Ipswich was an important Saxon town and trading centre, and excavation at the site, located by the river on Great Whip Street, Stoke Quay, has revealed extensive Middle-Late Saxon occupation remains, including a lead strip inscribed with runic script, as well as the lost church and cemetery of St Augustine’s.
Paul Murray, senior project officer with Oxford Archaeology, told the BBC, “A certain amount of historical research was done before we got here, so we had a general idea of what to find, but this has exceeded our expectations.
“We had evidence that a church was in the area, but we’ve uncovered its location, so it’s a significant find. Many churches fall into disuse, deteriorate, whatever’s left is robbed for the materials and it falls out of living memory.”
Burial mounds dating back to the seventh-century burial mounds have been found at one end of the site, while the 9th/10th century church and its graveyard were found at the other end. The graveyard seems to have been used up until the 16th century.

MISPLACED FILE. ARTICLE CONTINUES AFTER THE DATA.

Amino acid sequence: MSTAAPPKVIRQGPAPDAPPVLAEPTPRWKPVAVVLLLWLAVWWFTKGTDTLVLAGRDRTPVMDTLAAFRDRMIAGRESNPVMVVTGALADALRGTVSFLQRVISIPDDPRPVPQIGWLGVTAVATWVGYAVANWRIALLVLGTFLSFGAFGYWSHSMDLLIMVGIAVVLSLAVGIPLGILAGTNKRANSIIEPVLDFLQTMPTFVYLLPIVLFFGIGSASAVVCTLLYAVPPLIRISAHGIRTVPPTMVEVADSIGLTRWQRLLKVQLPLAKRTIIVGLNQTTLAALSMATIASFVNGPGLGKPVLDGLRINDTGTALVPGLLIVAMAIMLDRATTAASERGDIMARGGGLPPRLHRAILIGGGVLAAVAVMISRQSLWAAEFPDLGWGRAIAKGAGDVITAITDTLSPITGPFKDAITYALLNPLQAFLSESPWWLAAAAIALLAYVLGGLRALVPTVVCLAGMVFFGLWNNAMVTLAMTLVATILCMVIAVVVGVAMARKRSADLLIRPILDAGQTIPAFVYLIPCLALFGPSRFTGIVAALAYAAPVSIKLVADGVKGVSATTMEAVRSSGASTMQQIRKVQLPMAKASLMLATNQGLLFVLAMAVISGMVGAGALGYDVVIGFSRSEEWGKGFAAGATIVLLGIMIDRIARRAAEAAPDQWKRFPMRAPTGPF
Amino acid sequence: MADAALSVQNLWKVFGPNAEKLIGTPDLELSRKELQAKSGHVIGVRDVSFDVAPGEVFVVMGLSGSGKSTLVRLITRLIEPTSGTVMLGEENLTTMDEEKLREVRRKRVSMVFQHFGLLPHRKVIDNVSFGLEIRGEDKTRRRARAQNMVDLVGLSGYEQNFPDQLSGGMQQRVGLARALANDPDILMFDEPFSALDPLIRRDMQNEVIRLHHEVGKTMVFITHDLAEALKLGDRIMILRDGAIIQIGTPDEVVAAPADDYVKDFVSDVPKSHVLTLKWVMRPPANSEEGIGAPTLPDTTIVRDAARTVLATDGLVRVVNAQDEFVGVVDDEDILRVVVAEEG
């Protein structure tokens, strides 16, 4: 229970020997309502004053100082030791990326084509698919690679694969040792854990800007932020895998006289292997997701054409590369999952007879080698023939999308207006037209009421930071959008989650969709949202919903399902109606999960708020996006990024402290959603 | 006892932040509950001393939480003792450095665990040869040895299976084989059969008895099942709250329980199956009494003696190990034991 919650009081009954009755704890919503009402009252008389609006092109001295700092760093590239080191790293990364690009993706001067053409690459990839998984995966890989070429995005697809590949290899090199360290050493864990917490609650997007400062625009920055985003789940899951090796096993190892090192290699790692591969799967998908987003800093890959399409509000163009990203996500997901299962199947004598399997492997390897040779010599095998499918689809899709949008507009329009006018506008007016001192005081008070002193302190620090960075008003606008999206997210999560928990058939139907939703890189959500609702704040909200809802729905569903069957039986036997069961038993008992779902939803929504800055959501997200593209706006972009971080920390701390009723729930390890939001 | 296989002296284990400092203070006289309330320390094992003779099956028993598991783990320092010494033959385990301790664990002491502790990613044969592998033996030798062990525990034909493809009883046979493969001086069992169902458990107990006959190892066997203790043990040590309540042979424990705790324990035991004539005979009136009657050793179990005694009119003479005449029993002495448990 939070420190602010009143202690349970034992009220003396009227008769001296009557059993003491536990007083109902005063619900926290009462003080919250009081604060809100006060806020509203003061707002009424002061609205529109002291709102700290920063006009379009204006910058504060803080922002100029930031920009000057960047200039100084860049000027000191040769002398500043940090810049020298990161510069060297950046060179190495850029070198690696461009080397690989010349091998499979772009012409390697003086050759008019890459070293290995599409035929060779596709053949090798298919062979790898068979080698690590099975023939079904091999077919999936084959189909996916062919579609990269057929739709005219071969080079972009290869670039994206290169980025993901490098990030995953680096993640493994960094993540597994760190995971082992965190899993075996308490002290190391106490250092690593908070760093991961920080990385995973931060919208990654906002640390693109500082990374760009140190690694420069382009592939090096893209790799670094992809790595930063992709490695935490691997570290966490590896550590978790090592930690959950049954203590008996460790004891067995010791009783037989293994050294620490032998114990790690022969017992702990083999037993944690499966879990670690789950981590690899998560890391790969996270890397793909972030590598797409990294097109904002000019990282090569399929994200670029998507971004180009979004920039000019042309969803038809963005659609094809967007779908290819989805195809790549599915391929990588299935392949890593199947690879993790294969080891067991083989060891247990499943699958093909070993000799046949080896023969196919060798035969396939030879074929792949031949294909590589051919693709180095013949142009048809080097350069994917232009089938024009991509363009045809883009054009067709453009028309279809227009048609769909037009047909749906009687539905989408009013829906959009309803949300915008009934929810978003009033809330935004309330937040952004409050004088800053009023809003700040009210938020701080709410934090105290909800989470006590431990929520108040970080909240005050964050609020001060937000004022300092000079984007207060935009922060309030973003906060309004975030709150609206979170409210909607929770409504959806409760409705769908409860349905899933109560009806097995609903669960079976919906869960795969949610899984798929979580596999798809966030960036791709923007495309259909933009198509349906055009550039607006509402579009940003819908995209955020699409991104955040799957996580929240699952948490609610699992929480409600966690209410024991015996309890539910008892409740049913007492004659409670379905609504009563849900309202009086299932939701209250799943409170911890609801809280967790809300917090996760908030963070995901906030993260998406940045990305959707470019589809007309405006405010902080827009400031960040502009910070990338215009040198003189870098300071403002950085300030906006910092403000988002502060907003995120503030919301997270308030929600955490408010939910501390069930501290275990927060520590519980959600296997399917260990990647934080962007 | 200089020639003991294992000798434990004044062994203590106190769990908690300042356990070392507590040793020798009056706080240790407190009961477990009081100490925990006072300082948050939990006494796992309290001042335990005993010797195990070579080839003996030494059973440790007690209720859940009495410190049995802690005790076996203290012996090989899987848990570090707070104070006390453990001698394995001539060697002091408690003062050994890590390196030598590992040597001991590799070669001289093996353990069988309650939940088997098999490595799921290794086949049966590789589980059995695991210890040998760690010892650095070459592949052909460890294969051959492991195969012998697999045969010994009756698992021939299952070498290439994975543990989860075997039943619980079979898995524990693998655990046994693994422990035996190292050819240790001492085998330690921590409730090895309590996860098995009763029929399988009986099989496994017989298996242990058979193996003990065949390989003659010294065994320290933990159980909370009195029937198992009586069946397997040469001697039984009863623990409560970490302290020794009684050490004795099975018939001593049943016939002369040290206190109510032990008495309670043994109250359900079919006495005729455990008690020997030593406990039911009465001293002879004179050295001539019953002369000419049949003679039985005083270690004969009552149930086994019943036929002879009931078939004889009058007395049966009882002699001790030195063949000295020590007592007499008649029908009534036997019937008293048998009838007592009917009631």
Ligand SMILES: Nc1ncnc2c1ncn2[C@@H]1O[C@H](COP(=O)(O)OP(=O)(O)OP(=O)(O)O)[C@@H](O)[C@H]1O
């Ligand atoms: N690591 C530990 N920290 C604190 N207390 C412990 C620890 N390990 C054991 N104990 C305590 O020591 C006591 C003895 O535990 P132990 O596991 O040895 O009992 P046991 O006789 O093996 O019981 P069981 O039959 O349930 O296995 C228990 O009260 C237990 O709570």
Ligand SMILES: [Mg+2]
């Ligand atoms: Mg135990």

Detailed analysis of the burials will begin after the end of the excavation, but preliminary examination suggests that although individuals across the age spectrum were buried in the cemetery, the population was dominated by the very young and very old. In addition, cases of leprosy and syphilis have been detected, while the absence of jewellery or other artefacts, even shroud pins, suggests that the graveyard was a ‘paupers’ cemetery’.
The archaeological work is being done just before a new housing development is created, which is being built by the Genesis Housing Association.
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